As a review, we wanted to let you know that we have changed up our weekly blog post and our Twitter chat #shehechat that the blog post supports. Last week, we introduced our single post format published on Thursday each week. We are keeping the posts shorter for a couple of reasons. Many folks don’t get time to review the post(s) until right before our 8 p.m. chat, so we wanted a format that can be skimmed or read quickly. Also, we want more of our conversation during #shehechat to be spontaneous and not just a rehashing of what we shared in our two blog posts that you can read anytime.
This week we ask: How do you automate being human?
This topic might take a bit of explanation. When you first create a social media account, you probably have grand ideas about your strategy for handling it. It might be that you’re going to respond to every comment someone directs toward you or become friends with anyone in your geographical area. But what happens when your 100 friends or followers become thousands? Do you respond in the same way? Or do you have to change your strategy through automation and, if you do, does it lose the human component?
I’m not that popular in social media. Seriously, I’m not. I’m sure if I wanted to pursue it, I could find a way to have more than 10,000 followers on Twitter; but what would that gain me? I’ve always believed in quality over quantity. I’d rather have the nearly 2,500 quality followers on Twitter I have than a number where 3/4 of them give me no benefit whatsoever. Since I take that approach, automation is almost not relevant. I hate scheduled tweets and other updates. They so often are misused or technologically wrong. I keep my social media numbers to a place where I’m comfortable responding as me. If you reach out to me on a network, you will get ME responding; usually within 24 hours. This week, we professed to a client whose website we rebuilt that their overall site visits might be a bit lower but suddenly they are of a lot more quality because of the search engine optimization work we did. Why should social media interactions be any different? I want to be as human as I can be and want people to know that they are talking to one directly.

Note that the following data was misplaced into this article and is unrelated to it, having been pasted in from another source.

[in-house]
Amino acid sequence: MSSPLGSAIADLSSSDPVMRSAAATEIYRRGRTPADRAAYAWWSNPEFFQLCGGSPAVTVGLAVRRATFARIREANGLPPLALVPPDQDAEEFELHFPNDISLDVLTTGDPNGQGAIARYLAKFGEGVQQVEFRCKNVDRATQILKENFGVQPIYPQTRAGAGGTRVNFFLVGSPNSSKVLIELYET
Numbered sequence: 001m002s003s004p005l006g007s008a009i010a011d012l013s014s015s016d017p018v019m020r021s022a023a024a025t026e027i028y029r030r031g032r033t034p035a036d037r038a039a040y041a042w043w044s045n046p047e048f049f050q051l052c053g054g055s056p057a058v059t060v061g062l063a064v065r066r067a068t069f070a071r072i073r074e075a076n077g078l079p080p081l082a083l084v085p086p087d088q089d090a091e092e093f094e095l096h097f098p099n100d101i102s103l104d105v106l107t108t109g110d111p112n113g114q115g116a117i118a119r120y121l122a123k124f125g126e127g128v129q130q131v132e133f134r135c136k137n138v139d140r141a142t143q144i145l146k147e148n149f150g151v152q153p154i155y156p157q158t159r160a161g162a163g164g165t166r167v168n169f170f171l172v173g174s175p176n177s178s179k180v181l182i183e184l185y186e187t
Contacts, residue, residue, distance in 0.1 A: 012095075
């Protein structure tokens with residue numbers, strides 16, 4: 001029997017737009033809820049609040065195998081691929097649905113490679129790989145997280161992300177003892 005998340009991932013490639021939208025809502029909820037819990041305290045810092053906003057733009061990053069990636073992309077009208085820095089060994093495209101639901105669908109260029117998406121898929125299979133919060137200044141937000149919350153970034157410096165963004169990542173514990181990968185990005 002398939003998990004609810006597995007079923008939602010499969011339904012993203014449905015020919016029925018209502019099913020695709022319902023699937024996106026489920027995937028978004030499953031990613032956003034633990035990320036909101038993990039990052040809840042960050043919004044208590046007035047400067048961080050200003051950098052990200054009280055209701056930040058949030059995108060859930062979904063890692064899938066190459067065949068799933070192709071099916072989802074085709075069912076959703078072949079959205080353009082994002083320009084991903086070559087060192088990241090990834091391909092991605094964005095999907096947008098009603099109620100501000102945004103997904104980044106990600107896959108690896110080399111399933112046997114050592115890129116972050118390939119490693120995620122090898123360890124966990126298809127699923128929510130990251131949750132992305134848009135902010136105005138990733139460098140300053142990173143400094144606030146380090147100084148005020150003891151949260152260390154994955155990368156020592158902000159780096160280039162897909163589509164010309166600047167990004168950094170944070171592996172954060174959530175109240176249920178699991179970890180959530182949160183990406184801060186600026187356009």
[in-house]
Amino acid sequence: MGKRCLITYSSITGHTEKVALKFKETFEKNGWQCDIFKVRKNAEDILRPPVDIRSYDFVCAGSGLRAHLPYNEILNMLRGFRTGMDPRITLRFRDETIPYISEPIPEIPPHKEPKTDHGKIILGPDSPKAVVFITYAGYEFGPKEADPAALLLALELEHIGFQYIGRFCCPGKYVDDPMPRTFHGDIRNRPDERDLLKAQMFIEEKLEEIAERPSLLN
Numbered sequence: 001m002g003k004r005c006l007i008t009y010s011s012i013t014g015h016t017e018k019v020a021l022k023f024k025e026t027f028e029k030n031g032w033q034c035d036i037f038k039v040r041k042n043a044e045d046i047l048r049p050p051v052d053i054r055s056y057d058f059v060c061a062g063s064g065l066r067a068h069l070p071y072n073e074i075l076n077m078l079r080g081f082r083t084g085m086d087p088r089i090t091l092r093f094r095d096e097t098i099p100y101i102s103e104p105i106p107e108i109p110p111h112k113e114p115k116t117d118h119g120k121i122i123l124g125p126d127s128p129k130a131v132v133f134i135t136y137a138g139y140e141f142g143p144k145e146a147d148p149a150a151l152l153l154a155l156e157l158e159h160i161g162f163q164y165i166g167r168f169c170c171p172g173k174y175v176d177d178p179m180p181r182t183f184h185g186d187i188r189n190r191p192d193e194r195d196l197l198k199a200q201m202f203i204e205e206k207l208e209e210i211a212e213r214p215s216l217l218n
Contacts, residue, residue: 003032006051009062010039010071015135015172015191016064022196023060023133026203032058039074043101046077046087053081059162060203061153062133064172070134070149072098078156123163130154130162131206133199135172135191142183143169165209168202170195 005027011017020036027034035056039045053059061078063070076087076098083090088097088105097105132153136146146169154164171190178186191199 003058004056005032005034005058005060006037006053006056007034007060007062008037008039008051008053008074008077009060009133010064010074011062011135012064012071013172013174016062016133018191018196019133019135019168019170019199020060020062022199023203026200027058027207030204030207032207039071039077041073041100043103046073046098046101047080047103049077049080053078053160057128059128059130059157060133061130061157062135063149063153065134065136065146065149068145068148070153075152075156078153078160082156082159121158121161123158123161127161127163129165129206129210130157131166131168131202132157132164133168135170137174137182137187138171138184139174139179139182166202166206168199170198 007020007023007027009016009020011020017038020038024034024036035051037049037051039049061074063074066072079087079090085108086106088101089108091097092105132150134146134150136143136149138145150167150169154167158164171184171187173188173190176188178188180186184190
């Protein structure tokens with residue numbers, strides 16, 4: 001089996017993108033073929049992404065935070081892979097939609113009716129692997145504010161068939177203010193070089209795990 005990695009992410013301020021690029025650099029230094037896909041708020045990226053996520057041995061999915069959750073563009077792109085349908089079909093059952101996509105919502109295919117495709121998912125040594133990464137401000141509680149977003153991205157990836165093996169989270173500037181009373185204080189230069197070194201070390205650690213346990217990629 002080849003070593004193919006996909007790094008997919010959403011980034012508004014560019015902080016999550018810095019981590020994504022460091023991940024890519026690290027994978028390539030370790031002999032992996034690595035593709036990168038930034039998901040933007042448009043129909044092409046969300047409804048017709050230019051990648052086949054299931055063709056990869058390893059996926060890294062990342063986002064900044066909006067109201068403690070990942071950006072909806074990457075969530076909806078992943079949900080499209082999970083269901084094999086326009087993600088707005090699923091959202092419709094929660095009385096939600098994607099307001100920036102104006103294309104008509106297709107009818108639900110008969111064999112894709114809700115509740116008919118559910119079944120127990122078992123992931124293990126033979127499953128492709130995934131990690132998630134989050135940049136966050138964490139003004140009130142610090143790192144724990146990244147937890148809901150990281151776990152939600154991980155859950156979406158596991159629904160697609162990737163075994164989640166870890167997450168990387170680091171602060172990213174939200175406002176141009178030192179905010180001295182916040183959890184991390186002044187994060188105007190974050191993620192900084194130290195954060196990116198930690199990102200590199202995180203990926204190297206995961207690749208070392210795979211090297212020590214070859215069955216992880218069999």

I have mixed feelings and thoughts on this entire topic. I’ve always thought there is a time and place for some automation of your social media presence. On the other hand, I appreciate Shelby’s approach that this is 100 percent ME when you interact. On Twitter, I have just over 4,400 followers and I feel like I still do just a good a job interacting now as I did when I had 44 followers. I think this works because engagement is a two-way street. If I’m not out there tweeting and responding to other people’s conversations, then why would they be conversing with me? They wouldn’t; because I’m not Justin Bieber or Lady Gaga. So, I only have to engage the number of folks I choose to reach out to. Sure there are exceptions. When I have a successful blog post, promoted by scheduled tweets, I need to take the time to respond to the engagement those tweets generate. Or during and after #shehechat, the volume of @ messages can be overwhelming but I try to read back through them and respond to everyone. At the end of the day, we are still humans who can only have so many conversations.
This week’s topics
- Has your social media engagement changed as your follower count has grown?
- Do you reply to every Twitter @ message? And why (or why not)?
- How do you feel about automated engagement (bots selling things) on Twitter?
- Are there any forms of automated social media engagement you’d utilize? Why?
- Are scheduled tweets okay if you take the time to respond to engagement they generate?
Tune in to #shehechat tonight at 8 p.m. CST on Twitter to discuss this further. Also, if you have a topic you’d like us to cover, please fill out our contact form or comment below!